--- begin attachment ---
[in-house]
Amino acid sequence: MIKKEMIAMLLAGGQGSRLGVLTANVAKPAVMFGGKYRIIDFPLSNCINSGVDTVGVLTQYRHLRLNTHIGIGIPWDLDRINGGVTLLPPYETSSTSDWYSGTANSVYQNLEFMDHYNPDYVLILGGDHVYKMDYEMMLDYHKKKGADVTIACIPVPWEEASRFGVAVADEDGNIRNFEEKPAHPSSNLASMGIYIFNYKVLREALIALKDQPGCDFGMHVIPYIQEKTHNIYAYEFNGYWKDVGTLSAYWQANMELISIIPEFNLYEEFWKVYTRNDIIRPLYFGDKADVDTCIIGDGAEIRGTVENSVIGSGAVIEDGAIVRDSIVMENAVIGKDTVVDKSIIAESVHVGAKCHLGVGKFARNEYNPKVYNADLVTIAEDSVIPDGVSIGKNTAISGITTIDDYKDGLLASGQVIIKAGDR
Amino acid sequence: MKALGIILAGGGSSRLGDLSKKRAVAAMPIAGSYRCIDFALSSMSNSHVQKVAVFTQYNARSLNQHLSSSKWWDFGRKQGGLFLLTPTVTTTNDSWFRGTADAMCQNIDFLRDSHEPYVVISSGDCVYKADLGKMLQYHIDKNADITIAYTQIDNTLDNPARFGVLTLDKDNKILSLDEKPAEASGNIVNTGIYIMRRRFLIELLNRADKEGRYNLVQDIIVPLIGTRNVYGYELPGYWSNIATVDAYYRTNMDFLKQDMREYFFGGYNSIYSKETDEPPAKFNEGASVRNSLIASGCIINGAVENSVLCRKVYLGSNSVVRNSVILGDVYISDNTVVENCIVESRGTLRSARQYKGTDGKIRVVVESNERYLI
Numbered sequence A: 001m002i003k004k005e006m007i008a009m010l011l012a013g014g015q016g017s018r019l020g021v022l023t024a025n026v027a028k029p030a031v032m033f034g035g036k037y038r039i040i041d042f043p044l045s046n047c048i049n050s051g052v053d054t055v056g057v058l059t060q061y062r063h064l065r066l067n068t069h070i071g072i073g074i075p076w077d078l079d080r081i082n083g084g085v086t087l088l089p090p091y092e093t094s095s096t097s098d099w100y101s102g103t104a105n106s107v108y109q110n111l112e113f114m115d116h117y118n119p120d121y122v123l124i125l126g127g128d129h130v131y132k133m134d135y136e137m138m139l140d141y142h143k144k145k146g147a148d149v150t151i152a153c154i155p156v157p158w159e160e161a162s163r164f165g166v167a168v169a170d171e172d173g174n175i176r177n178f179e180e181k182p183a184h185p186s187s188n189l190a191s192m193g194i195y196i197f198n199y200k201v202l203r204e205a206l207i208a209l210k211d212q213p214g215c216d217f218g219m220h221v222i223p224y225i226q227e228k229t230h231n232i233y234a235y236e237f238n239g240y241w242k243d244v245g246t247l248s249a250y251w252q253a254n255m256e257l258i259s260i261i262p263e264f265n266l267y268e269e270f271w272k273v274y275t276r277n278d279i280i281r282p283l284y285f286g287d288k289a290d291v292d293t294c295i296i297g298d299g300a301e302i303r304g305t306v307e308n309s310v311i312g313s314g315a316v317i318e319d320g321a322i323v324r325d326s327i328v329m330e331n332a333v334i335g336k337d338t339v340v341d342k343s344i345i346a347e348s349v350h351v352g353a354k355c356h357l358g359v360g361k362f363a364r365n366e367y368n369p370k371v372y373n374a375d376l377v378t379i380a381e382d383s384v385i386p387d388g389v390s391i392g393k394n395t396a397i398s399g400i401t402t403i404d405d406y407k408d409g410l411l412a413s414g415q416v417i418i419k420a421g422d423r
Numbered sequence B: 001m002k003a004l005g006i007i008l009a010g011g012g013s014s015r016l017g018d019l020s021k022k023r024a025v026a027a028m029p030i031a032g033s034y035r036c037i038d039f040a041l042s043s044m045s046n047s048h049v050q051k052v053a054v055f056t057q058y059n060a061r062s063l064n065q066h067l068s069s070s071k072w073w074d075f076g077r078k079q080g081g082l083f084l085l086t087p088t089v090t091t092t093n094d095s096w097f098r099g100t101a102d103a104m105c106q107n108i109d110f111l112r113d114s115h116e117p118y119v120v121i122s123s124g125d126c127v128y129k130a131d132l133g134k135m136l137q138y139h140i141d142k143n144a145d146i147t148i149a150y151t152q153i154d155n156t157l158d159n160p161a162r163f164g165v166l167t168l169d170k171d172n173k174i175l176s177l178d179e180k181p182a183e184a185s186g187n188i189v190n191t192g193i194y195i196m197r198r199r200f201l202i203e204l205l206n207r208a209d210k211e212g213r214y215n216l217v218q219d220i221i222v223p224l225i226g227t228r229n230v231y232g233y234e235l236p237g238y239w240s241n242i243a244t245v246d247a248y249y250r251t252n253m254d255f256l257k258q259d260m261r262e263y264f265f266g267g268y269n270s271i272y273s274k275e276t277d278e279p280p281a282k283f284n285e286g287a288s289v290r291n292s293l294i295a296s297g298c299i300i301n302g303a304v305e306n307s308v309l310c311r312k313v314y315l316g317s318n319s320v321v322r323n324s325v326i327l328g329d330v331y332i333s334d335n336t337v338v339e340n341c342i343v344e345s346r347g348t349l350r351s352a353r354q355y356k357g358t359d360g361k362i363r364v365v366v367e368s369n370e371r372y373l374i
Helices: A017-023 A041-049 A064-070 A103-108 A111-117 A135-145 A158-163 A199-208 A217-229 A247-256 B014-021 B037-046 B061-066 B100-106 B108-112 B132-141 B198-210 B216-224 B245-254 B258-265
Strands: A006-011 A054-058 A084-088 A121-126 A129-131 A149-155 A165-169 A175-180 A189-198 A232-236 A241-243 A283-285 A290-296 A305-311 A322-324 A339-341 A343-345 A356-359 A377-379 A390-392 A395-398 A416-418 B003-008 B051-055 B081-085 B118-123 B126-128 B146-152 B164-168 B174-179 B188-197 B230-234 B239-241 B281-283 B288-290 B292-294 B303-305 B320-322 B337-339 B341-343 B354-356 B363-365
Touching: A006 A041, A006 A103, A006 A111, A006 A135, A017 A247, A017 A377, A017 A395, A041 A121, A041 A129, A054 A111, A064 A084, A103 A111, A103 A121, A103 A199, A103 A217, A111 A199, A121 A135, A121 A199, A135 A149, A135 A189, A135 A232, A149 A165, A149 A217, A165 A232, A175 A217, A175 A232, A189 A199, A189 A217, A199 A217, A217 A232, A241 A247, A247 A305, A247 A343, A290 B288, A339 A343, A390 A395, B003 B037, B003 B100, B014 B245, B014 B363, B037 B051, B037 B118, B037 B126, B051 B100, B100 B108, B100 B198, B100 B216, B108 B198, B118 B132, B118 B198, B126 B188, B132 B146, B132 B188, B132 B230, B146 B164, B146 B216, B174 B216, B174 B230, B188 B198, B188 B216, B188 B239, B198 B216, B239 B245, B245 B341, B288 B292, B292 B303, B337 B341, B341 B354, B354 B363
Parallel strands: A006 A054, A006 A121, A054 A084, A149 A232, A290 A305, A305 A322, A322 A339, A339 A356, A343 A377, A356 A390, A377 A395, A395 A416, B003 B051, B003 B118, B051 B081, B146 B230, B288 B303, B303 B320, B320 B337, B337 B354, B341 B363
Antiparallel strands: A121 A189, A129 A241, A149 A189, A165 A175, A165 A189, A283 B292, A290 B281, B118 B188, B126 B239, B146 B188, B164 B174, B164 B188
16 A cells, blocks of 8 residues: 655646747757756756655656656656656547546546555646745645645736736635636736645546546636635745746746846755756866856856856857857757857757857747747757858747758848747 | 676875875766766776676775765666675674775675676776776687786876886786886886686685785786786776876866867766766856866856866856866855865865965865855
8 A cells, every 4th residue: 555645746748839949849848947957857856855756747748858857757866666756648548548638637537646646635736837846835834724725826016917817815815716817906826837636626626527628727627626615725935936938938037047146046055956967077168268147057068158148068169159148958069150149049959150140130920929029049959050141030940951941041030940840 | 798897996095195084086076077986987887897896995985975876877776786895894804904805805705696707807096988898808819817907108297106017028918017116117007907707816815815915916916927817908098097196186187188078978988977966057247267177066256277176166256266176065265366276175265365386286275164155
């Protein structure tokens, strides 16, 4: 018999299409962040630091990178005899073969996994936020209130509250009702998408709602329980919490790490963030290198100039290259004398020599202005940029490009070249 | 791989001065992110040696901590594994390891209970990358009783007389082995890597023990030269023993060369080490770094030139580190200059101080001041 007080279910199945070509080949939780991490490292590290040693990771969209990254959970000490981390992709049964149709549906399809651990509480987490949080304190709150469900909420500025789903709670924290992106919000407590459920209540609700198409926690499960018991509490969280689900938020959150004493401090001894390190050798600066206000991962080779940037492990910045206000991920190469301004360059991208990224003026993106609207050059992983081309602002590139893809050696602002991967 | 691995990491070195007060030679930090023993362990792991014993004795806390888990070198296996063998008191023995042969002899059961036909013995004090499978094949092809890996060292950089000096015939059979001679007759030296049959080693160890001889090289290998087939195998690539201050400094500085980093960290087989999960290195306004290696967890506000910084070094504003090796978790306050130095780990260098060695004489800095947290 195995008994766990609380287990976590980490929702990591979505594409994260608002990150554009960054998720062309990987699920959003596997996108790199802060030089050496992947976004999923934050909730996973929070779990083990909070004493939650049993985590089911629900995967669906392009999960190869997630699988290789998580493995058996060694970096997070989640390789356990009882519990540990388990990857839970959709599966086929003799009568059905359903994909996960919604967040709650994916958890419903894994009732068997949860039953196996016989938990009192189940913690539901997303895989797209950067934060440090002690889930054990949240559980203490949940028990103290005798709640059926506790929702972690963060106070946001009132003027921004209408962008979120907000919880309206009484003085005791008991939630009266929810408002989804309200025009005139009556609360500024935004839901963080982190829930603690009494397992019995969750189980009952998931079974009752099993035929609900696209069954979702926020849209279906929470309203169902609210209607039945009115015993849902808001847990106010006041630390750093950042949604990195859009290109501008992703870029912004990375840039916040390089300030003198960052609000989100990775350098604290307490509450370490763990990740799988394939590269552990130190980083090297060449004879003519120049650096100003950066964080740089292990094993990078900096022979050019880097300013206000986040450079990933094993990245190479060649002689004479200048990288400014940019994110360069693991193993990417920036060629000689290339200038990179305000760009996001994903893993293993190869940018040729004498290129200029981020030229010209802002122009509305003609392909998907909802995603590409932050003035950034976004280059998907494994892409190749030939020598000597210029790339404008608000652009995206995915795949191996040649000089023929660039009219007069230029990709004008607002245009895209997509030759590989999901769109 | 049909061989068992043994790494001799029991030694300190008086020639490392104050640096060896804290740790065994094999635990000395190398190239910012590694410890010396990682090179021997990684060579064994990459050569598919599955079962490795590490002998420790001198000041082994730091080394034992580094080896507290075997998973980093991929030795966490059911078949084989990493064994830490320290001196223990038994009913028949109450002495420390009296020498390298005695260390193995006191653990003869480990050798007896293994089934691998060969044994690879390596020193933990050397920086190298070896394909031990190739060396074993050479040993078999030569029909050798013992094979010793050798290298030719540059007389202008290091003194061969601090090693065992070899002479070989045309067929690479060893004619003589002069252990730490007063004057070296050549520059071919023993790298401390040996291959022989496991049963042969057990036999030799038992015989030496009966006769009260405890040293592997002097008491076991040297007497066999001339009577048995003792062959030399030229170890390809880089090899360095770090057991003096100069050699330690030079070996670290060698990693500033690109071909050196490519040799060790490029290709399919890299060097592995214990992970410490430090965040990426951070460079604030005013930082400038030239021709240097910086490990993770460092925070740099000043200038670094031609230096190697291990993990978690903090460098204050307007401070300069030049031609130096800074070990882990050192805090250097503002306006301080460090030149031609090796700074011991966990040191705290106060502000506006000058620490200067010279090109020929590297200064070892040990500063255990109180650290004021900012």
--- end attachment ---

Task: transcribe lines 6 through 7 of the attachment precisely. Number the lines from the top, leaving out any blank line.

Helices: A017-023 A041-049 A064-070 A103-108 A111-117 A135-145 A158-163 A199-208 A217-229 A247-256 B014-021 B037-046 B061-066 B100-106 B108-112 B132-141 B198-210 B216-224 B245-254 B258-265
Strands: A006-011 A054-058 A084-088 A121-126 A129-131 A149-155 A165-169 A175-180 A189-198 A232-236 A241-243 A283-285 A290-296 A305-311 A322-324 A339-341 A343-345 A356-359 A377-379 A390-392 A395-398 A416-418 B003-008 B051-055 B081-085 B118-123 B126-128 B146-152 B164-168 B174-179 B188-197 B230-234 B239-241 B281-283 B288-290 B292-294 B303-305 B320-322 B337-339 B341-343 B354-356 B363-365